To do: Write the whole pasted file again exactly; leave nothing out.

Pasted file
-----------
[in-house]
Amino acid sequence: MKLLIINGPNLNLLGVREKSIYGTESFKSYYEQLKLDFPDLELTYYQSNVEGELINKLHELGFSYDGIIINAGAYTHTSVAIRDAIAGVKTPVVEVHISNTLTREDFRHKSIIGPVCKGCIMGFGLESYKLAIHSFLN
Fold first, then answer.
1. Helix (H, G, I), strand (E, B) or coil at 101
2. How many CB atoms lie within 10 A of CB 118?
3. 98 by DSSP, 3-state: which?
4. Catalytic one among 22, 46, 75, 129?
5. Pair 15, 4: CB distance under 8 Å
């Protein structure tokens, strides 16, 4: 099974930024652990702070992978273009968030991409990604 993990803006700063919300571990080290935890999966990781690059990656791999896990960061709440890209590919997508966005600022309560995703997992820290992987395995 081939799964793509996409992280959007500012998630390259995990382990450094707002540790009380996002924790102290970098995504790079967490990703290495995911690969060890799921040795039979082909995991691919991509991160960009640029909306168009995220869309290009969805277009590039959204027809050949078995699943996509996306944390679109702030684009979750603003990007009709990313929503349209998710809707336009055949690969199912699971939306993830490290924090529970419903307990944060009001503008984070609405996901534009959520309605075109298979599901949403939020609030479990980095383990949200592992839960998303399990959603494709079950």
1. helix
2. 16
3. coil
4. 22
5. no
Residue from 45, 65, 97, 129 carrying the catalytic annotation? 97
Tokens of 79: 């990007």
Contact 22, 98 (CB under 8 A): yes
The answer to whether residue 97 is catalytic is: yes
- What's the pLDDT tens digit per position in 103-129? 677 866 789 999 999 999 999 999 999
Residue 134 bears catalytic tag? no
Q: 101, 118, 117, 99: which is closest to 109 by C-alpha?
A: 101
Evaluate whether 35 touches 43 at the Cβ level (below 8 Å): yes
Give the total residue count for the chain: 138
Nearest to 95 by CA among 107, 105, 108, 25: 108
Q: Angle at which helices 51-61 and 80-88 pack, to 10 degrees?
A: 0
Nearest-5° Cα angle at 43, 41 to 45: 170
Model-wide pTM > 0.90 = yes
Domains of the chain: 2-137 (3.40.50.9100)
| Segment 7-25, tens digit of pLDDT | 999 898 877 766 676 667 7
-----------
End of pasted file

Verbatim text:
[in-house]
Amino acid sequence: MKLLIINGPNLNLLGVREKSIYGTESFKSYYEQLKLDFPDLELTYYQSNVEGELINKLHELGFSYDGIIINAGAYTHTSVAIRDAIAGVKTPVVEVHISNTLTREDFRHKSIIGPVCKGCIMGFGLESYKLAIHSFLN
Fold first, then answer.
1. Helix (H, G, I), strand (E, B) or coil at 101
2. How many CB atoms lie within 10 A of CB 118?
3. 98 by DSSP, 3-state: which?
4. Catalytic one among 22, 46, 75, 129?
5. Pair 15, 4: CB distance under 8 Å
């Protein structure tokens, strides 16, 4: 099974930024652990702070992978273009968030991409990604 993990803006700063919300571990080290935890999966990781690059990656791999896990960061709440890209590919997508966005600022309560995703997992820290992987395995 081939799964793509996409992280959007500012998630390259995990382990450094707002540790009380996002924790102290970098995504790079967490990703290495995911690969060890799921040795039979082909995991691919991509991160960009640029909306168009995220869309290009969805277009590039959204027809050949078995699943996509996306944390679109702030684009979750603003990007009709990313929503349209998710809707336009055949690969199912699971939306993830490290924090529970419903307990944060009001503008984070609405996901534009959520309605075109298979599901949403939020609030479990980095383990949200592992839960998303399990959603494709079950």
1. helix
2. 16
3. coil
4. 22
5. no
Residue from 45, 65, 97, 129 carrying the catalytic annotation? 97
Tokens of 79: 């990007």
Contact 22, 98 (CB under 8 A): yes
The answer to whether residue 97 is catalytic is: yes
- What's the pLDDT tens digit per position in 103-129? 677 866 789 999 999 999 999 999 999
Residue 134 bears catalytic tag? no
Q: 101, 118, 117, 99: which is closest to 109 by C-alpha?
A: 101
Evaluate whether 35 touches 43 at the Cβ level (below 8 Å): yes
Give the total residue count for the chain: 138
Nearest to 95 by CA among 107, 105, 108, 25: 108
Q: Angle at which helices 51-61 and 80-88 pack, to 10 degrees?
A: 0
Nearest-5° Cα angle at 43, 41 to 45: 170
Model-wide pTM > 0.90 = yes
Domains of the chain: 2-137 (3.40.50.9100)
| Segment 7-25, tens digit of pLDDT | 999 898 877 766 676 667 7